Metric – Art of Doubt (Album Review)

Metric – Art of Doubt (Album Review)

The Canadian band Metric were among the flag bearers of their country’s Indie music scene in the 2000s, along with kindred spirits such as The Dears (“Heartless Romantic”), The Hidden Cameras (“Smells like Happiness”), Hot Hot Heat (“Goodnight Goodnight”), The New Pornographers (“Moves”), and Stars (“Your Ex-Lover Is Dead”). They certainly put Canada on the map of the genre.

In their now exactly 20-year-old career, Metric has released six studio albums—from 2003’s Old World Underground, Where Are You Now? to 2015’s Pagans in Vegas—and the much-awaited follow-up, Art of Doubt, is forthcoming!

Slated to measure up on Friday, September 21, 2018, via MMI/Crystal Math Music, Art of Doubt opens with “Dark Saturday,” whose crunchy, distorted-guitar styling is a marked departure from the synthesizer-oriented direction of the current album’s direct predecessor, but which reconnects Metric to their ’90s Alternative Rock roots. Following in a subtly syncopated rhythm, “Love You Back” immediately returns the listener to the synth-guitar combo trademark of the band—suave yet ominous, with dusts of Banshee-reminiscent Gothic sensibilities. The angularity then transforms into wave-like forms as “Die Happy” plays next, but ensuring that the slicing and spiraling guitar lines remain in the equation, slightly burning like brilliant Garbage (“Stupid Girl”).

Certainly an album highlight, the melodic “Now or Never Now” is a throwback to the 2000s phase of Canadian Indie music—Post-Punk New Wave-inspired, in the veins of bass-heavy New Order (“Regret”). With its Tribal beats, the title-track pulsates in the same musical direction, albeit more driven and more Punk than New Wave. Still within the same sonic spectrum, “Under the Black,” nonetheless, comes across as a Shoegaze-Dreampop hybrid—a further homage to the band’s expansive roots. Then, swirling gracefully next with its Trip-Hop-Shoegaze swagger is “Dressed to Suppress.”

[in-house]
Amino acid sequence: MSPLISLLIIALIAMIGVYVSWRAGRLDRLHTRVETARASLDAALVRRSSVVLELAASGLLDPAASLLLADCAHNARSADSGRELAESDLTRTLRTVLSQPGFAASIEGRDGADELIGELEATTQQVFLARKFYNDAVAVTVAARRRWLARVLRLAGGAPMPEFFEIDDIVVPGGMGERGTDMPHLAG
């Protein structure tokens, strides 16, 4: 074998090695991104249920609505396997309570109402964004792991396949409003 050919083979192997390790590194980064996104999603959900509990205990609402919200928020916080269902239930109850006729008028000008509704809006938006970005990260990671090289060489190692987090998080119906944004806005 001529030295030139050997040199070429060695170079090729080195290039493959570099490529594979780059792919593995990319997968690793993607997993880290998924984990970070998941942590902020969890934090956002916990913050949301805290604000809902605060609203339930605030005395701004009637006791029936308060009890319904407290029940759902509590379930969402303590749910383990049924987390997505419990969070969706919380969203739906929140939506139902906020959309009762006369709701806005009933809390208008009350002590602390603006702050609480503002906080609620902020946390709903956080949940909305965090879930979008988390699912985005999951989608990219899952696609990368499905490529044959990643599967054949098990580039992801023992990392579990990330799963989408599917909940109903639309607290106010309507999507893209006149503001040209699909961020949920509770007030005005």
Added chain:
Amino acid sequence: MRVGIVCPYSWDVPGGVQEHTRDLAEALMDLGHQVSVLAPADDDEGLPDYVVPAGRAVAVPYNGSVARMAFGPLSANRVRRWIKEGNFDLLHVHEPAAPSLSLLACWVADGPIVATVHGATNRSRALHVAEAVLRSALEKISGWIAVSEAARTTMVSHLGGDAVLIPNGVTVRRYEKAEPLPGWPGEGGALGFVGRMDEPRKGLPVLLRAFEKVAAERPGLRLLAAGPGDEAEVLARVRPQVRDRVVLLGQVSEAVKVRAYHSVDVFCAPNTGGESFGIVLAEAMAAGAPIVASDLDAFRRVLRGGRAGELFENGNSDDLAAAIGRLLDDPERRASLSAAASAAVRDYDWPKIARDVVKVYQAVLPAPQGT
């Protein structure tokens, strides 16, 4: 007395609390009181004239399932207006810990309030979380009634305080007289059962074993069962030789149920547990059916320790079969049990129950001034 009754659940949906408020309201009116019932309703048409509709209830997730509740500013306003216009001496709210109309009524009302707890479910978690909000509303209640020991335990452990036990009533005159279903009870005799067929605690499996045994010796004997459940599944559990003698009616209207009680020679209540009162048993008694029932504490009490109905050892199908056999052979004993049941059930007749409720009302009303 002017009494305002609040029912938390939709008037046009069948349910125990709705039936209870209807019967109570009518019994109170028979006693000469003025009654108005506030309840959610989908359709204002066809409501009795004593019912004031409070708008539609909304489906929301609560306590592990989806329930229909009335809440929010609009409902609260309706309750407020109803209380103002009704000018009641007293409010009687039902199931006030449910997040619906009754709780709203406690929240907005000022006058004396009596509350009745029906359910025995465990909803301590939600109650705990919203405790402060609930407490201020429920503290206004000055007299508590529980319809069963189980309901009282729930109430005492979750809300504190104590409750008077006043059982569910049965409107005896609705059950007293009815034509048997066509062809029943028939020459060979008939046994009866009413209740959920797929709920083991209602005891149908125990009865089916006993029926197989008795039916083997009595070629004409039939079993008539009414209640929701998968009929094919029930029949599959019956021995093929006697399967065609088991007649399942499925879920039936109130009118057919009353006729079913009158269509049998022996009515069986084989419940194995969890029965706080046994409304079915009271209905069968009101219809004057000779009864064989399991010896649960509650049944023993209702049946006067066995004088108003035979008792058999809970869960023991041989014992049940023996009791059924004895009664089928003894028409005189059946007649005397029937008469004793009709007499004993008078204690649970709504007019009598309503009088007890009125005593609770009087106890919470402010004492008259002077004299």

Metric shift the gear a few notches faster with the staccato, nocturnal beauty of “Risk,” only to nosedive dramatically with the synth-drenched, starry-eyed and melancholic Sophistipop ballad “Seven Rules.” “Holding Out” is a change of style and mood; still metrically pulsating its way into the groove, yet hinting some Progressive tendencies. Another heartrending ballad then gallops next in the form of the synthbass-led “Anticipate.” Finally, Metric wrap up their latest masterpiece with yet another inspired, slow, smooth, and soulful song—“No Lights on the Horizon.”

Twenty years, seven albums, well-woven songs, and yet Metric—Emily Haines (vocal, synthesizer, guitar), James Shaw (guitar, synthesizer), Joshua Winstead (bass, synthesizer), and Joules Scott-Key (drums)—are still standing tough. One of Canada’s Indie Pop treasures, Metric still have lots of magical sonic tricks to unleash from their musical hats. There definitely is no doubt that Art of Doubt is another proof of that. CrypticRock gives Metric’s seventh full-length 4 out of 5 stars.

Purchase Art of Doubt:

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aLfie vera mella
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Born in 1971, in Metro Manila, Philippines, aLfie vera mella is a healthcare worker, singer/songwriter, and editor/writer. He was the frontman of the ’90s-peaking Philippine Alternative Rock / New Wave band Half Life Half Death, which released a full-length album and several singles on Viva Records. aLfie worked at Diwa Scholastic Press as an editor/writer of academic textbooks and supplementary magazines, focusing on Science & Technology and English Grammar & Literature. In 2003, aLfie migrated to Canada; he has since been living in Winnipeg, Manitoba. He works full-time at a healthcare institution, while serving as the associate contributing editor of Filipino Journal—a local community newspaper in Winnipeg—tackling Literature, Languages, Cultures, Lifestyles, and Music. aLfie has been a music journalist since the mid-’90s for various print magazines as well as websites. He started writing album reviews for Cryptic Rock in 2015. In 2016, aLfie published Part One (Literature & Languages and Their Cultural Significance) of his Essay Series, Can You Hear the Sound of a Falling Leaf?; in 2021, his first book of poetry, Pag-íhip sa Dáhon ng Kahápon [Blowing Leaves of Yesterday]. In his spare time, he enjoys reading books and listening to music. aLfie is a dedicated father to his now 13-year-old son, Evawwen; and a loving husband to Kathryn Mella, who herself moonlights also as a writer aside from holding a degree in Bachelor of Arts, Major in Sociology.

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